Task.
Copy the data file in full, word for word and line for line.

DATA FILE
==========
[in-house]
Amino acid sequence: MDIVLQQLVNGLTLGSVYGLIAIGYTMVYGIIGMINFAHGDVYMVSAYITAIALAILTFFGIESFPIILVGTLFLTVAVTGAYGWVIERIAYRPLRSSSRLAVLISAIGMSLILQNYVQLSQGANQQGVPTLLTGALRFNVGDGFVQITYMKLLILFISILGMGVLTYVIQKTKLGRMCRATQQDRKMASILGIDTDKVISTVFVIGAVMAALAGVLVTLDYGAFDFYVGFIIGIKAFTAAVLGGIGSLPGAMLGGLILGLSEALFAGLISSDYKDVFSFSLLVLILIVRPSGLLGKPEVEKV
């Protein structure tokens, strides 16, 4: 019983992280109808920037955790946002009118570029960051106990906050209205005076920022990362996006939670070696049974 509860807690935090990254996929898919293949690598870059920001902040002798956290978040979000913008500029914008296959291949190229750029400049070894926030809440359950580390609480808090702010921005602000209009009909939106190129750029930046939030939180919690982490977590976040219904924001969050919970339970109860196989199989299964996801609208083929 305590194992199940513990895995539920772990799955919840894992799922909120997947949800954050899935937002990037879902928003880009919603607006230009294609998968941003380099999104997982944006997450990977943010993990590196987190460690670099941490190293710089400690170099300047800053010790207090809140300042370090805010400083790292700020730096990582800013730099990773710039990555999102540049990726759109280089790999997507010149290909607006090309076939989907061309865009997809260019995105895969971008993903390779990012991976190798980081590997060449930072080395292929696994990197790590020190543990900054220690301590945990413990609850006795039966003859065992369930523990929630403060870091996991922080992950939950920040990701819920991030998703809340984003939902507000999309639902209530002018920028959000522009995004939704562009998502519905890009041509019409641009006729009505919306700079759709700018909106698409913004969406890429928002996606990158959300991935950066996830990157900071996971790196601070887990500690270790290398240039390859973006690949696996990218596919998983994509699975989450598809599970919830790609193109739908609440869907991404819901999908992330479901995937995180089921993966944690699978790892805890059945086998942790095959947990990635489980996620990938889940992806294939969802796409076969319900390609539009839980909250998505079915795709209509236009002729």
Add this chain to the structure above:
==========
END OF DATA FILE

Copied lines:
[in-house]
Amino acid sequence: MDIVLQQLVNGLTLGSVYGLIAIGYTMVYGIIGMINFAHGDVYMVSAYITAIALAILTFFGIESFPIILVGTLFLTVAVTGAYGWVIERIAYRPLRSSSRLAVLISAIGMSLILQNYVQLSQGANQQGVPTLLTGALRFNVGDGFVQITYMKLLILFISILGMGVLTYVIQKTKLGRMCRATQQDRKMASILGIDTDKVISTVFVIGAVMAALAGVLVTLDYGAFDFYVGFIIGIKAFTAAVLGGIGSLPGAMLGGLILGLSEALFAGLISSDYKDVFSFSLLVLILIVRPSGLLGKPEVEKV
């Protein structure tokens, strides 16, 4: 019983992280109808920037955790946002009118570029960051106990906050209205005076920022990362996006939670070696049974 509860807690935090990254996929898919293949690598870059920001902040002798956290978040979000913008500029914008296959291949190229750029400049070894926030809440359950580390609480808090702010921005602000209009009909939106190129750029930046939030939180919690982490977590976040219904924001969050919970339970109860196989199989299964996801609208083929 305590194992199940513990895995539920772990799955919840894992799922909120997947949800954050899935937002990037879902928003880009919603607006230009294609998968941003380099999104997982944006997450990977943010993990590196987190460690670099941490190293710089400690170099300047800053010790207090809140300042370090805010400083790292700020730096990582800013730099990773710039990555999102540049990726759109280089790999997507010149290909607006090309076939989907061309865009997809260019995105895969971008993903390779990012991976190798980081590997060449930072080395292929696994990197790590020190543990900054220690301590945990413990609850006795039966003859065992369930523990929630403060870091996991922080992950939950920040990701819920991030998703809340984003939902507000999309639902209530002018920028959000522009995004939704562009998502519905890009041509019409641009006729009505919306700079759709700018909106698409913004969406890429928002996606990158959300991935950066996830990157900071996971790196601070887990500690270790290398240039390859973006690949696996990218596919998983994509699975989450598809599970919830790609193109739908609440869907991404819901999908992330479901995937995180089921993966944690699978790892805890059945086998942790095959947990990635489980996620990938889940992806294939969802796409076969319900390609539009839980909250998505079915795709209509236009002729």
Add this chain to the structure above: